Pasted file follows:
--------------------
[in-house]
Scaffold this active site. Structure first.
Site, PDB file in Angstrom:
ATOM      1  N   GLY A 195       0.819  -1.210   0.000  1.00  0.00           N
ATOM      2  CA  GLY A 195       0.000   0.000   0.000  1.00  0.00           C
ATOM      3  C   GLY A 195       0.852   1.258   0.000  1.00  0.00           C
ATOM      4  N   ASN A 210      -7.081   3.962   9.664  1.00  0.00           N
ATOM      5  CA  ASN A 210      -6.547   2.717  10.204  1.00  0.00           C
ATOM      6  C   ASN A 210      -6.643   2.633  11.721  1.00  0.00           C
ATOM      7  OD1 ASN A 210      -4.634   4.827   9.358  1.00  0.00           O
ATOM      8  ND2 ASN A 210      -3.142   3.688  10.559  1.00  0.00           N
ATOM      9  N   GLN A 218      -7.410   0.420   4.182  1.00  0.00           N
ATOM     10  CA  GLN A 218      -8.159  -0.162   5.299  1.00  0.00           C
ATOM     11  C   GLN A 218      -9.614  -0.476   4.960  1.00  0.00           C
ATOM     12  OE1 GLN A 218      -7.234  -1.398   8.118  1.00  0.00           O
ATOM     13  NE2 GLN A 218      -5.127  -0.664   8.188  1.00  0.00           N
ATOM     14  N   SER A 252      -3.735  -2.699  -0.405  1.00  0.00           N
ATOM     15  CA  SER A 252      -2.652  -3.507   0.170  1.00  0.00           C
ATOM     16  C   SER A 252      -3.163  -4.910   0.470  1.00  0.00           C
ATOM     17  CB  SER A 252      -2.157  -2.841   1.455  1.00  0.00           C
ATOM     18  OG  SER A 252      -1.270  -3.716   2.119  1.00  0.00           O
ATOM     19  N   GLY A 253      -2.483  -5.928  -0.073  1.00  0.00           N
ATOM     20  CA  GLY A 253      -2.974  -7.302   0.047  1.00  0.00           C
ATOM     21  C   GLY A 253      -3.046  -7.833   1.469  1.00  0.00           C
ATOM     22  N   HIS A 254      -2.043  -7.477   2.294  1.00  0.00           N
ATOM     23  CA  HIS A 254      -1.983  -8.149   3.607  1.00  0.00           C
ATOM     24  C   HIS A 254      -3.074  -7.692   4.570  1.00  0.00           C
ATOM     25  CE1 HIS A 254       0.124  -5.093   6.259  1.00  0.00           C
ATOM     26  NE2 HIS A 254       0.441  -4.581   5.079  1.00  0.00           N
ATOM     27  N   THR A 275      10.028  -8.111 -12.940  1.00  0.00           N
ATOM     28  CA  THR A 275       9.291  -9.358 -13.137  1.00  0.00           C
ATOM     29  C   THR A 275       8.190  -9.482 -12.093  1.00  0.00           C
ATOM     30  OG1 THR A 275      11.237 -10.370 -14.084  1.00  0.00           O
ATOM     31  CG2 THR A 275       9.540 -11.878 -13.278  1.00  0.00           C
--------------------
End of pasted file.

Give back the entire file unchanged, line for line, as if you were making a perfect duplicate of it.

[in-house]
Scaffold this active site. Structure first.
Site, PDB file in Angstrom:
ATOM      1  N   GLY A 195       0.819  -1.210   0.000  1.00  0.00           N
ATOM      2  CA  GLY A 195       0.000   0.000   0.000  1.00  0.00           C
ATOM      3  C   GLY A 195       0.852   1.258   0.000  1.00  0.00           C
ATOM      4  N   ASN A 210      -7.081   3.962   9.664  1.00  0.00           N
ATOM      5  CA  ASN A 210      -6.547   2.717  10.204  1.00  0.00           C
ATOM      6  C   ASN A 210      -6.643   2.633  11.721  1.00  0.00           C
ATOM      7  OD1 ASN A 210      -4.634   4.827   9.358  1.00  0.00           O
ATOM      8  ND2 ASN A 210      -3.142   3.688  10.559  1.00  0.00           N
ATOM      9  N   GLN A 218      -7.410   0.420   4.182  1.00  0.00           N
ATOM     10  CA  GLN A 218      -8.159  -0.162   5.299  1.00  0.00           C
ATOM     11  C   GLN A 218      -9.614  -0.476   4.960  1.00  0.00           C
ATOM     12  OE1 GLN A 218      -7.234  -1.398   8.118  1.00  0.00           O
ATOM     13  NE2 GLN A 218      -5.127  -0.664   8.188  1.00  0.00           N
ATOM     14  N   SER A 252      -3.735  -2.699  -0.405  1.00  0.00           N
ATOM     15  CA  SER A 252      -2.652  -3.507   0.170  1.00  0.00           C
ATOM     16  C   SER A 252      -3.163  -4.910   0.470  1.00  0.00           C
ATOM     17  CB  SER A 252      -2.157  -2.841   1.455  1.00  0.00           C
ATOM     18  OG  SER A 252      -1.270  -3.716   2.119  1.00  0.00           O
ATOM     19  N   GLY A 253      -2.483  -5.928  -0.073  1.00  0.00           N
ATOM     20  CA  GLY A 253      -2.974  -7.302   0.047  1.00  0.00           C
ATOM     21  C   GLY A 253      -3.046  -7.833   1.469  1.00  0.00           C
ATOM     22  N   HIS A 254      -2.043  -7.477   2.294  1.00  0.00           N
ATOM     23  CA  HIS A 254      -1.983  -8.149   3.607  1.00  0.00           C
ATOM     24  C   HIS A 254      -3.074  -7.692   4.570  1.00  0.00           C
ATOM     25  CE1 HIS A 254       0.124  -5.093   6.259  1.00  0.00           C
ATOM     26  NE2 HIS A 254       0.441  -4.581   5.079  1.00  0.00           N
ATOM     27  N   THR A 275      10.028  -8.111 -12.940  1.00  0.00           N
ATOM     28  CA  THR A 275       9.291  -9.358 -13.137  1.00  0.00           C
ATOM     29  C   THR A 275       8.190  -9.482 -12.093  1.00  0.00           C
ATOM     30  OG1 THR A 275      11.237 -10.370 -14.084  1.00  0.00           O
ATOM     31  CG2 THR A 275       9.540 -11.878 -13.278  1.00  0.00           C